“Buy federal crop insurance.” For years, that's been the mantra of the ag committees in Congress. If farmers could be persuaded to buy enough coverage, the argument went, Congress would no longer have to pass ad hoc disaster assistance bills.
As a result, Congress has provided premium subsidies, A&O (administrative and operating) reimbursements and underwriting gains, all of which the crop insurance lobby said were needed to make the program more attractive to producers.
Those arguments may be losing some of their sting, judging from recent actions in the House and Senate ag committees, which have cut funding for crop insurance programs in their versions of the 2007 farm bill. But could they more, says Bruce Babcock, an agricultural economist at Iowa State University.
In an article, “How to Save Billions in Farm Spending,” in the Center for Agricultural and Rural Development's fall review, Babcock says Congress has two places to cut to increase funding in other areas: direct payments and crop insurance.
Despite the emphasis Congress has placed on it, most farmers don't think they're getting what they pay for with crop insurance, he notes.
In the Corn Belt, where the program has its greatest acceptance, studies indicate farmers would not participate if it were not heavily subsidized.
“Given that corn and soybeans represent 60 percent of the crop insurance program, it is only a bit of an overstatement to say the crop insurance industry is selling a product with so little demand at its current price that without government price subsidies, there would be no viable market.”
That means Congress could achieve substantial savings by reducing premium subsidies. Depending on how it implemented the cuts, farmers would buy less insurance.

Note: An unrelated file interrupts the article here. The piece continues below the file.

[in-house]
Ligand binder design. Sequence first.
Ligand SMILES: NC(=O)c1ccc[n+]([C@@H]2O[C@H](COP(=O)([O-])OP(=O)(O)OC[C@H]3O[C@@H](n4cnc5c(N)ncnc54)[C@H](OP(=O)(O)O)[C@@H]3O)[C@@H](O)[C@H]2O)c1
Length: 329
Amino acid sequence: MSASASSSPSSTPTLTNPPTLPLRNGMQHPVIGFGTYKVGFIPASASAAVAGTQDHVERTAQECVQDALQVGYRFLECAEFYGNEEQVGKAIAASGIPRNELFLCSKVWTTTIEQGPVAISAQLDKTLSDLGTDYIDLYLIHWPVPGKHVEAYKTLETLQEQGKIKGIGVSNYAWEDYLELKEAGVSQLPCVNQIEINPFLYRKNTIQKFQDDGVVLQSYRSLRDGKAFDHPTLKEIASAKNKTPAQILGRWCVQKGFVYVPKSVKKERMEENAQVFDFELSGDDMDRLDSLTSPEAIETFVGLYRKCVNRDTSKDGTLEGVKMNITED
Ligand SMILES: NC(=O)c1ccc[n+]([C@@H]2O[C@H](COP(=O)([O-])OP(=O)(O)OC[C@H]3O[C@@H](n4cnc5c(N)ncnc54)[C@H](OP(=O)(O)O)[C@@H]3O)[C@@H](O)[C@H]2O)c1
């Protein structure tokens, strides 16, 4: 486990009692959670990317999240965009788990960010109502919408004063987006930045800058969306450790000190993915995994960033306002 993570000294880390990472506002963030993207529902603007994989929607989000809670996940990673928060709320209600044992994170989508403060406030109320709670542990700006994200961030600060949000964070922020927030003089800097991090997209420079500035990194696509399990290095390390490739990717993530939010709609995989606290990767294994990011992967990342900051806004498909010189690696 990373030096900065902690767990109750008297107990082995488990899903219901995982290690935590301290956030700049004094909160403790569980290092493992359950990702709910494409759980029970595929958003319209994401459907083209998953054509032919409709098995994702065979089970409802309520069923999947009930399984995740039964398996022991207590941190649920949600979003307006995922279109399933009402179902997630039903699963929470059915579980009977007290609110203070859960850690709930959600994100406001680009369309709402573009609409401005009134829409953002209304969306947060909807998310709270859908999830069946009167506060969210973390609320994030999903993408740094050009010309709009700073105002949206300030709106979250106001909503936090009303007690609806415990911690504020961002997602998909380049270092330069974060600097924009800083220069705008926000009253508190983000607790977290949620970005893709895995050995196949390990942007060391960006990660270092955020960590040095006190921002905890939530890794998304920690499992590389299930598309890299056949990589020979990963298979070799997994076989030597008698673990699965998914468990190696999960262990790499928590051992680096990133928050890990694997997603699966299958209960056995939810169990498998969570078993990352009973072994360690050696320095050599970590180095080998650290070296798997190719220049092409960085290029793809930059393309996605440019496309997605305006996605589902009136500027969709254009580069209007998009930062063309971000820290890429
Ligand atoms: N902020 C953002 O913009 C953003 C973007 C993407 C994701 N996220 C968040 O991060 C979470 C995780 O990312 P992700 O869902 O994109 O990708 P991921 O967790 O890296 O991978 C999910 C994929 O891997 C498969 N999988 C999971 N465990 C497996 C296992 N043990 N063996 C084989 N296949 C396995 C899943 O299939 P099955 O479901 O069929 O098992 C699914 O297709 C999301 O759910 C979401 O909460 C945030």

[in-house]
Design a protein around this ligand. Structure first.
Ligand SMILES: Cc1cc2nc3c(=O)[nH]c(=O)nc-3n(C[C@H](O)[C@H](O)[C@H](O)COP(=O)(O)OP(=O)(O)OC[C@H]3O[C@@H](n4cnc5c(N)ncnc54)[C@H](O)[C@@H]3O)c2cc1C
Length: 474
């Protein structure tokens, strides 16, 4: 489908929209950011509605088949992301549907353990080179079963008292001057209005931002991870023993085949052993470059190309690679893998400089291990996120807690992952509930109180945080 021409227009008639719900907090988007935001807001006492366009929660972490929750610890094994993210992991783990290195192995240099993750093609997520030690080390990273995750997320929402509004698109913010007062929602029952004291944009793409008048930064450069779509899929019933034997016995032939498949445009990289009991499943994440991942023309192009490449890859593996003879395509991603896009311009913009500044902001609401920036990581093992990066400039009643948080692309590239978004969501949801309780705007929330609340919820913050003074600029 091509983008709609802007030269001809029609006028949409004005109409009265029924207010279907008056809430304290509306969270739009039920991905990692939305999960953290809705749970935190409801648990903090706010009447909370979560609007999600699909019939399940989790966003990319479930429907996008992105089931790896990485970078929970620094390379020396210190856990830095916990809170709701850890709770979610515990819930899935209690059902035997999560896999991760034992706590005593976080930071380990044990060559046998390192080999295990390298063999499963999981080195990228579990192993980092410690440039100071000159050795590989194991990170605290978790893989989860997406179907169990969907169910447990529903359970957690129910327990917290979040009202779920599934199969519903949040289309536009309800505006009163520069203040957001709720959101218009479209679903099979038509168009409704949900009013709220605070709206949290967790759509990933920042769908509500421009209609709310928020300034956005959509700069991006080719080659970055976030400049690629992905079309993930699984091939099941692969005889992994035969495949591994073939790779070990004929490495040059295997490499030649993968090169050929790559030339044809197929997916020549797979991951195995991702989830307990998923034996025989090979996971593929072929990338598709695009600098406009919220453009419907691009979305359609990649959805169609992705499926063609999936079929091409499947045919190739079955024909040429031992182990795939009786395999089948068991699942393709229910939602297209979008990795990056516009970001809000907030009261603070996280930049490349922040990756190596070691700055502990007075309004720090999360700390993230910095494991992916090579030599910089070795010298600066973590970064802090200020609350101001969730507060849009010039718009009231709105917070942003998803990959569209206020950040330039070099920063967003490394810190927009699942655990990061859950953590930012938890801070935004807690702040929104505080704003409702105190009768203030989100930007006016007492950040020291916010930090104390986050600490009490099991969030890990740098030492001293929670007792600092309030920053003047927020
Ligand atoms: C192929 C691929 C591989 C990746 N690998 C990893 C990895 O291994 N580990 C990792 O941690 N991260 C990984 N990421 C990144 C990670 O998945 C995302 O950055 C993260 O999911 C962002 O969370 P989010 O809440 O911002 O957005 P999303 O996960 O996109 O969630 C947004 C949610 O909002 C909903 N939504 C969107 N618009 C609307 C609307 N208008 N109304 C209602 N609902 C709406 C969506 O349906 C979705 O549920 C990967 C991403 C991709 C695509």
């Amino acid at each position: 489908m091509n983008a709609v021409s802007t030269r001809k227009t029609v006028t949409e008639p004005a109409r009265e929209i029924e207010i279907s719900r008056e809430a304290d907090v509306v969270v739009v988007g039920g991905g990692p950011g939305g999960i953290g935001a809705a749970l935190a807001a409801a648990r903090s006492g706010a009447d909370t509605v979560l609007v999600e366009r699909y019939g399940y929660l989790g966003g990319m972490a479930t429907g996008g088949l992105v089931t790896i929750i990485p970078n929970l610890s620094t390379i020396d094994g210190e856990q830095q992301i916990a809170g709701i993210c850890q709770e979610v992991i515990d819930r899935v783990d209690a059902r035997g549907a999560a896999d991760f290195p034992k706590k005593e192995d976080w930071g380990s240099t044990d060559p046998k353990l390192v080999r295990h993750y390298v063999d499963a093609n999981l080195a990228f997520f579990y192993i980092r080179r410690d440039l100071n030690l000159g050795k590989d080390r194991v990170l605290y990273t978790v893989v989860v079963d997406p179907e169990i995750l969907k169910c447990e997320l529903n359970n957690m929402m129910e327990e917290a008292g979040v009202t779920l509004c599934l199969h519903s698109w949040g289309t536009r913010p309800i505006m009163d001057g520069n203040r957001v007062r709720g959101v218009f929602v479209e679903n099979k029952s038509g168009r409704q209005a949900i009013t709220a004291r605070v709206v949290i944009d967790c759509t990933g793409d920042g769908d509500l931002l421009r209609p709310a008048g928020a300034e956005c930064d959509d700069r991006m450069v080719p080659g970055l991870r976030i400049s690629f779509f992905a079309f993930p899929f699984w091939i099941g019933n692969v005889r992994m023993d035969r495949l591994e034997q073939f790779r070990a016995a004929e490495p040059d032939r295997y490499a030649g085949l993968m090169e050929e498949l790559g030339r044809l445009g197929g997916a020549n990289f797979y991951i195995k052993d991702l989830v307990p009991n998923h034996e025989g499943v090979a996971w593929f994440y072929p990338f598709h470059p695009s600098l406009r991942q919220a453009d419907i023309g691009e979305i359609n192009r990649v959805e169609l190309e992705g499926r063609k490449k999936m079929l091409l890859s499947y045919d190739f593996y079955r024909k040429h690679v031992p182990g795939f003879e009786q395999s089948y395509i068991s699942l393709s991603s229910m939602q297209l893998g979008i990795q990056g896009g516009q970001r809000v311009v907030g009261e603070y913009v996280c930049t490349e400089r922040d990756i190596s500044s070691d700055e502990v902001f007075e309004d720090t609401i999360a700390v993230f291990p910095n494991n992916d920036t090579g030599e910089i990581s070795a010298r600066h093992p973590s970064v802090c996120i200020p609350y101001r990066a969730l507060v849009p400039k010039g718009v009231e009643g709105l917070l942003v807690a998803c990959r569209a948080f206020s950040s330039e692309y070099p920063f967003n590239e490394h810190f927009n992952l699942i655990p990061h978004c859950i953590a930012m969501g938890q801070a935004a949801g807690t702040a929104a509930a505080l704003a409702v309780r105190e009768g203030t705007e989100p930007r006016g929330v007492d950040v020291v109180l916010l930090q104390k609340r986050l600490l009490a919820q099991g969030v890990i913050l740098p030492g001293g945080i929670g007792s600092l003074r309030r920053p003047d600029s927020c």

“This decision would reduce premiums, reducing the per-acre premium subsidy and automatically triggering reductions in A&O reimbursements and underwriting gains.”
Congress could also base A&O reimbursements on policy count rather than a percentage of premiums. “This would create an equal incentive for companies and agents to sell crop insurance to large and small farmers.”
Congress could also cut crop insurance costs by reducing underwriting gains. The House bill cuts programs costs by increasing the “net book quota share” to 12.5 percent. The latter is the percentage of net underwriting gains companies must pay USDA for positive gains, and the loss percentage companies do not have to cover when they're negative.
Sen. Tom Harkin's chairman's mark would have reduced federal crop insurance premiums for participants in the new Average Crop Revenue Program, but his ag committee adopted an amendment offered by Kansas Sen. Pat Roberts that would keep rates where they are.
Shortly before the vote, Ohio Sen. Sherrod Brown wondered if anyone was willing to “take on” the crop insurance industry.
“We need to remember the federal government will spend $5.4 billion on crop insurance subsidies in 2007, the largest single expenditure in the commodity title of the farm bill,” he said.